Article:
Perhaps the most subtle error of all, the film leaves the Christian with the wrong cornerstone of faith.  Scripture is very clear.  The foundation of our faith is Christ and His life and work, most especially His Resurrection (1 Corinthians 15).  However, the film explicitly sets up a literal reading of Genesis as the foundation of our faith ignoring the primacy of the Resurrection, which is never mentioned in the film to my recollection.  To quote Del Tackett from the cover image, “Nothing in the world makes sense except in the light of Genesis.”  The film also heavily implies (if not outright claims) that all the science presented in the film is the only viable way of dealing with the evidence we have.  This belies the true foundation of the evangelicals who produced this film.  The foundation of their faith is not Christ, but rather the house they have constructed on their pet theories about what is going on in Genesis.

We Lutherans would wholeheartedly agree that Genesis should be read plainly.  When read this way the text demands six 24 hour days. The text demands (complete genealogies or not) that the world is young.  The text demands a universal Flood. However, God’s Word does not demand anything more than what the actual Scriptures say.  To demand more than what the Scriptures say is to eisegete the text.  Also, Genesis is not the key to the all the Scriptures or faith.  Christ explicitly tells us that the Scriptures are about Him (Luke 24:13-35, John 5:39).  He is the Way (John 14:6).

Thus as important as Genesis is, it is not the cornerstone of Scripture.  Christ is our cornerstone (Ephesians 2:19-22).  This film though would put Christians on a false foundation that can be undermined.  Modern science is very convincing and frankly, much of the science put out by young earth creationists is lacking.  When my faith and reason struggle due to the conflict between the very convincing theories of modern science and what Genesis clearly teaches, Genesis is not where I look to bolster my faith.  Instead where I look is to Christ and the reality of His death and resurrection.  I can look there and say with utmost confidence, yes Christ died and was raised from the dead.  Since Jesus of Nazareth is alive and that verifies His claims of divinity, I can trust what He says (Romans 1:4).  He says that Genesis is true, thus I must believe it even if all evidence appears to be to the contrary (Matthew 19:1-12).  This is not Gospel reductionism, this is the Gospel itself as it is putting our confidence in Christ and His work, which He points us to (1 Corinthians 2).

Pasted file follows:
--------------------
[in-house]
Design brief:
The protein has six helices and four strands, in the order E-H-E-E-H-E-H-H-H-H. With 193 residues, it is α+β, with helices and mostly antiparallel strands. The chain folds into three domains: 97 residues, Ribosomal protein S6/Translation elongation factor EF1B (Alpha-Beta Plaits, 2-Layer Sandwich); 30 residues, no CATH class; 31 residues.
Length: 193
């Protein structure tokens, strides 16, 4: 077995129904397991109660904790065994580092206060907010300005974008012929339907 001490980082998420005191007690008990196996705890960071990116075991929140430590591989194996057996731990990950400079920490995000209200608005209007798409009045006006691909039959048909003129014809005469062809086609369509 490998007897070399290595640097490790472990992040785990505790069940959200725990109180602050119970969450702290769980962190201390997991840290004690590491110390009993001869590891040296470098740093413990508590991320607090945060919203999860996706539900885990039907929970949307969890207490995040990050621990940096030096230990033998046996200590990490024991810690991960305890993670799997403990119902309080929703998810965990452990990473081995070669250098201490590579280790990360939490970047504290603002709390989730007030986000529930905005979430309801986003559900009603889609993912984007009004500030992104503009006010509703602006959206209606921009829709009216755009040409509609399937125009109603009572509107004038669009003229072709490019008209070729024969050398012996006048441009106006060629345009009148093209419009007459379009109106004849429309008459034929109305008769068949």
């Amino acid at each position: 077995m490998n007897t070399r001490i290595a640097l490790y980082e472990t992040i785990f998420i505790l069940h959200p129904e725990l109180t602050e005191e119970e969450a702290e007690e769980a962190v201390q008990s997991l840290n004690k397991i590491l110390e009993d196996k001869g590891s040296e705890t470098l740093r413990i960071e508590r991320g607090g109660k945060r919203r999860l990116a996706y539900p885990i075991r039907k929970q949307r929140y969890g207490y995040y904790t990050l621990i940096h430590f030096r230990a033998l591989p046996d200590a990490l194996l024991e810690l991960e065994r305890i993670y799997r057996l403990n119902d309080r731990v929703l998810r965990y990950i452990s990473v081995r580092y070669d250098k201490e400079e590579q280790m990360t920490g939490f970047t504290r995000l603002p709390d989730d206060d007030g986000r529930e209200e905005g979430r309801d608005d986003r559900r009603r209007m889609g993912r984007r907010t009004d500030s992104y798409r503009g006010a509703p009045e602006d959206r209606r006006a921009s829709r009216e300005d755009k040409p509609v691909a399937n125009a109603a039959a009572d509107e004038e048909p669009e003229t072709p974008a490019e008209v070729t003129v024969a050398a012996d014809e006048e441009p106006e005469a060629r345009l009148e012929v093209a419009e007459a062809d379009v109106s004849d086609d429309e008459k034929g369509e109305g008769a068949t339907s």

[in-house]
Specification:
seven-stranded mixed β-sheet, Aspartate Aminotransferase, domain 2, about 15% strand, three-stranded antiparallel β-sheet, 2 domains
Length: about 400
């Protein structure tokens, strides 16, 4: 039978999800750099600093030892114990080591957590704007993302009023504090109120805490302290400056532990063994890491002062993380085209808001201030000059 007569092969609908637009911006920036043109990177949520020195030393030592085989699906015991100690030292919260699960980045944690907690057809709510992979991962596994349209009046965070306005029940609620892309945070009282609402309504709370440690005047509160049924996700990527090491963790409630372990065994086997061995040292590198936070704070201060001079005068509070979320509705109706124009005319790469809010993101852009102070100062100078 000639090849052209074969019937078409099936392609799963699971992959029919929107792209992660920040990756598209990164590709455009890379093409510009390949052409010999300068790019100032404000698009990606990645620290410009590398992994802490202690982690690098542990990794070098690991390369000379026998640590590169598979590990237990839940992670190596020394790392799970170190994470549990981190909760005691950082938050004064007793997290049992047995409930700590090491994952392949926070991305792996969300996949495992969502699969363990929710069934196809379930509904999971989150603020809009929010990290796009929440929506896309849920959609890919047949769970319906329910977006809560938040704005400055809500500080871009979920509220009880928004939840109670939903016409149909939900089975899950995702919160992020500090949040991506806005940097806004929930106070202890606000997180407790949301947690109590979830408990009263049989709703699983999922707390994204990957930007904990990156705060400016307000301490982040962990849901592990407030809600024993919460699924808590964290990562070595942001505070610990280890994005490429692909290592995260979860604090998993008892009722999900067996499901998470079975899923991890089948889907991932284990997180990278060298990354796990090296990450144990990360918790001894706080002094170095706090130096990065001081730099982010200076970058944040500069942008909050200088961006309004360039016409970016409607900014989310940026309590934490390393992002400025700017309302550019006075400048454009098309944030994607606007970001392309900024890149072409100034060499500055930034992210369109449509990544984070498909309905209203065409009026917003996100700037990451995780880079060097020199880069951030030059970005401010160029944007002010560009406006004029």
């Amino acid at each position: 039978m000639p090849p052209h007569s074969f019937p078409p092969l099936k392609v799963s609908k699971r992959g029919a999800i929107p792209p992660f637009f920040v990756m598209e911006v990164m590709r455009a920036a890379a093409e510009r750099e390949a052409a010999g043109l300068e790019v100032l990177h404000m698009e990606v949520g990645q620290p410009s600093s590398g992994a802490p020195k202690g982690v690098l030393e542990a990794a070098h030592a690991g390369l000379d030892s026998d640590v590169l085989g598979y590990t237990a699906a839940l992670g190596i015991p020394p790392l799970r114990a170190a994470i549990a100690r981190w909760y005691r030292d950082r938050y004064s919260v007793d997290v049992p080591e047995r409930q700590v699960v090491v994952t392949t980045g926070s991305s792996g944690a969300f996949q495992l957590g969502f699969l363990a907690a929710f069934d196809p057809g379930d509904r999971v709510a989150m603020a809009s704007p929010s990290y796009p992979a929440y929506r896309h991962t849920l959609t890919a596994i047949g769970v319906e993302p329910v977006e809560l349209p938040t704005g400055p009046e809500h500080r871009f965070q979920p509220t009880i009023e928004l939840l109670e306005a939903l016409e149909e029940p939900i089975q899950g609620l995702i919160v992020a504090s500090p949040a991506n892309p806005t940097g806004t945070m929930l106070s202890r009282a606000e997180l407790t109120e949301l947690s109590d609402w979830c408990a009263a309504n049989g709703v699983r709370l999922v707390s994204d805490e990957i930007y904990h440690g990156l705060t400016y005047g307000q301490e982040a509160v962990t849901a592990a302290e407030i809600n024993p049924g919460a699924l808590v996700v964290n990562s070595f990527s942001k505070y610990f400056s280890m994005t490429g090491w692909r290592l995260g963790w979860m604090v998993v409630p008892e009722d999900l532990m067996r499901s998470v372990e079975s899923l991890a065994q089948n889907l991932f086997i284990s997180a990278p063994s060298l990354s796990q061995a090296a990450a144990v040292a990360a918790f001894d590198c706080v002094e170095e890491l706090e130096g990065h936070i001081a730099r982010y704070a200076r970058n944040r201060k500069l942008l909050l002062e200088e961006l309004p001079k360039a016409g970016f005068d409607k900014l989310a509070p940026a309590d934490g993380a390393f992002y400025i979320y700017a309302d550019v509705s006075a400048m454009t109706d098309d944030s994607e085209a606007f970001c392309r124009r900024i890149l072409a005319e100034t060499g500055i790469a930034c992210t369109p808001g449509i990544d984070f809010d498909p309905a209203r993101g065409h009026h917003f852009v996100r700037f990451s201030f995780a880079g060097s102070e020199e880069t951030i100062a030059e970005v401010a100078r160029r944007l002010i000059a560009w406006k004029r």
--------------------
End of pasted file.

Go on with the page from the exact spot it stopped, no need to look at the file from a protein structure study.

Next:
Given all the above I cannot recommend anyone watch Is Genesis History?  Too many problems exist with it intellectually, scientifically, logically, and theologically.  While we may agree with the conclusion, that yes Genesis is history, the way they get there is circular at best and intellectually dishonest at worst.  If you want to learn what evangelical young earth creationists (e.g. Answers in Genesis) are thinking about, go ahead and view it but do so critically.  Do not accept what the film tells you at face value.  Some of it is very good, but much of it is suspect scientifically.  I will admit that there are several interesting ideas and theories in this film that deserve much more time but they don’t outweigh the glaring problems.  If you view this film, do so with caution.  Have an open Bible and recall that the entire film is one-sided with no rebuttal or critical view.

One recommendation for a better discussion of the topics of creation and biblical history there are two videos by Dr. Stephen Meyer of the Discovery Institute put out by Focus on the Family“Does God Exist?” and “Is the Bible Reliable?”.  Start with the discussion on the historicity of Jesus and His Resurrection first and then go back to talk about Genesis.  Regardless of what resource you use be sure that it is fair and balanced on the topic and firmly Christ-centered, else you will be building on a house of sand and not on the Rock (Matthew 7:24-27).

About Dr. Paul Edmon

Dr. Paul Edmon is from Seattle, Washington and now resides in Boston, Massachusetts. He has his B.S. in Physics from the University of Washington in 2004 and Ph.D. in Astrophysics from the University of Minnesota in 2010. He is professional staff at Harvard University and acts as liaison between Center for Astrophysics and Research Computing. A life long Lutheran, he is formerly a member of Messiah Lutheran Church in Seattle and University Lutheran Chapel in Minneapolis. He now attends First Lutheran Church (FLC) of Boston where he teaches Lutheran Essentials. He sings bass in the FLC choir and Canto Armonico. He was elected to the Concordia Seminary St. Louis Board of Regents in 2016. He is single and among his manifold interests are scotch, football, anime, board games, mythology, history, philosophy, and general nerdiness. The views expressed here are his own and do not represent Harvard University or Concordia Seminary. Twitter: @pauledmon